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ARS Home » Midwest Area » Ames, Iowa » National Animal Disease Center » Infectious Bacterial Diseases Research » Research » Publications at this Location » Publication #87945


item Whipple, Diana
item BERRY, D
item PAYEUR, J

Submitted to: American Society for Microbiology
Publication Type: Abstract Only
Publication Acceptance Date: 5/17/1998
Publication Date: N/A
Citation: N/A

Interpretive Summary:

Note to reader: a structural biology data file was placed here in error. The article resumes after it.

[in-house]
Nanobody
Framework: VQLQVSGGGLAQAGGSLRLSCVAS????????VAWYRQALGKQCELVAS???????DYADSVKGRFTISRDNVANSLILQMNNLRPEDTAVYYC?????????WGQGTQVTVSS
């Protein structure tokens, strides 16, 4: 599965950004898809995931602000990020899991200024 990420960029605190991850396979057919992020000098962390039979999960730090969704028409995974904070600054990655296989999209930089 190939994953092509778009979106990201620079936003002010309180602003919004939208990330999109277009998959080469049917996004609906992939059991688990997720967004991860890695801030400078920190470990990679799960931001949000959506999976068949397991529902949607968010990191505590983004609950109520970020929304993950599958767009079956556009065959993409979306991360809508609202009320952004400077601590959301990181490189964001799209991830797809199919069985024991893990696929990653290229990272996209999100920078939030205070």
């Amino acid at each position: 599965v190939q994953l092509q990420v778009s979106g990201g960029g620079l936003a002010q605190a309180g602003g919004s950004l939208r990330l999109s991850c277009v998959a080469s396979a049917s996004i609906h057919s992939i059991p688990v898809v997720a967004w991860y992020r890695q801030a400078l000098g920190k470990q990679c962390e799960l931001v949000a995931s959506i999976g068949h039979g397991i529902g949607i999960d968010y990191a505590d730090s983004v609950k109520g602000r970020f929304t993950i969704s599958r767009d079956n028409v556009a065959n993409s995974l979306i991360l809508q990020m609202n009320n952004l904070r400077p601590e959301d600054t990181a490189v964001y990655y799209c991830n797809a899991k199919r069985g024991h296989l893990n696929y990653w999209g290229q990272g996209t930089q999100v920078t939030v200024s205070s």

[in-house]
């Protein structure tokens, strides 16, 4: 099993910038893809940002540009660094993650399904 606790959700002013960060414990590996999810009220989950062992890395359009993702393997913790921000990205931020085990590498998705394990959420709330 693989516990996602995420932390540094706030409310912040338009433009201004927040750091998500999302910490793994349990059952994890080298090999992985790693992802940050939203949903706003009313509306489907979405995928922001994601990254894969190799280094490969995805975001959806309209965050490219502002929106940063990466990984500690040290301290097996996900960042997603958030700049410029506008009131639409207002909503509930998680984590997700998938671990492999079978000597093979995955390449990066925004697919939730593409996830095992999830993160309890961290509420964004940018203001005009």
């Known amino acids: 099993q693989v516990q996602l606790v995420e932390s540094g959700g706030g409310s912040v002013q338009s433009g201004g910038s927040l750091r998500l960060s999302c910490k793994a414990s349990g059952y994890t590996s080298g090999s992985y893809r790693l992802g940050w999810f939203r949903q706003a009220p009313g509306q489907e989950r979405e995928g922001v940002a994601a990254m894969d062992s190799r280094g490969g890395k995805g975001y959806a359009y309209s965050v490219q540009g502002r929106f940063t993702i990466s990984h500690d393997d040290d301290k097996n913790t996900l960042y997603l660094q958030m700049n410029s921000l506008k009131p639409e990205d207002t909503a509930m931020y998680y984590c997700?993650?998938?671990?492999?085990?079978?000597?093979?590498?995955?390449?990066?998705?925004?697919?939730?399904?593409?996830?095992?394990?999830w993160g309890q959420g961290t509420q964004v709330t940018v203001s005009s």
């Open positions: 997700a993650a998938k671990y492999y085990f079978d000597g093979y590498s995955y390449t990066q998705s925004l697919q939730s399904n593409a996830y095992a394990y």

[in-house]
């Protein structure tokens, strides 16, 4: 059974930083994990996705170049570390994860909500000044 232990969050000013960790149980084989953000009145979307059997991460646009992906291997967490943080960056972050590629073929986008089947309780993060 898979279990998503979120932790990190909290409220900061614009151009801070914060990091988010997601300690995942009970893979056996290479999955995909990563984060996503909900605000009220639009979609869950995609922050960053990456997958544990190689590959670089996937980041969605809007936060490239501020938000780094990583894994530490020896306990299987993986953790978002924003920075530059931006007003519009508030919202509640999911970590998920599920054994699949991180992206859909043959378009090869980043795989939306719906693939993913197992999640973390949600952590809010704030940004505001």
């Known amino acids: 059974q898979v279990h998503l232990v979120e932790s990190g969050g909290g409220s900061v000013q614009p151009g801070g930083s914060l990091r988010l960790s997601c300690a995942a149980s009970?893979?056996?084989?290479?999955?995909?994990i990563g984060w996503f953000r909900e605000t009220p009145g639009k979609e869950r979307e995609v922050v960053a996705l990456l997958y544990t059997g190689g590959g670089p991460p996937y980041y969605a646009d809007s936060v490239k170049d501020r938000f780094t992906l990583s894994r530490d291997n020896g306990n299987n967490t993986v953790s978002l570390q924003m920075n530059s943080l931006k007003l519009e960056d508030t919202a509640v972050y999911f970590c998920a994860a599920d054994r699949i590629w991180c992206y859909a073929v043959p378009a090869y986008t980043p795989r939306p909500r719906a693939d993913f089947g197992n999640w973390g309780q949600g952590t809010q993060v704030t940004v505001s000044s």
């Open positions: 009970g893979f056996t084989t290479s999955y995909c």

Technical Abstract: Tuberculosis, caused by Mycobacterium bovis, was discovered in a 4-yr-old, white-tailed deer during the 1994 hunting season. Since then, several wildlife surveys have been conducted and M. bovis has been isolated from 77 tissue samples collected from over 70 white-tailed deer and from one coyote harvested from a five-county region of NE Mich. In addition, M. bovis was isolated from a cow (Mich. 1994), a captive elk (Mich. 1995), and a heifer (Wisc. 1995). RFLP analysis was used to study the molecular epidemiology of these isolates. DNA extracted from each isolate was digested with restriction endonucleases PvuII and AluI. The following DNA probes were used: 1) an IS6110 123-bp sequence, which hybridizes downstream of the PvuII site; 2) an IS6110 445-bp sequence, which spans the PvuII site; 3) the direct repeat sequence; and 4) the polymorphic GC-rich repetitive sequence. RFLP types were designated for each isolate by combining results of the 4 different probes. There were 10 different RFLP types among the M. bovis isolates that were analyzed. Ninety two percent (71/77) of the deer isolates had a single copy of IS6110. The RFLP patterns for 53 of the deer isolates were identical to the patterns for isolates from the coyote, the Mich. cow, and the Wisc. heifer. The RFLP patterns for an additional 16 deer isolates differed from the patterns for the 53 isolates by the presence of one extra band when DNA was probed with the IS6110 445-bp sequence. RFLP patterns for the M. bovis isolate from the Mich. elk did not match any of the other patterns for isolates originating in Mich. However, the RFLP patterns for the captive elk isolate were identical to those observed for M. bovis isolates from captive elk in Mont. It is likely that the elk in Mich. and Mont. had contact with a common source of M. bovis.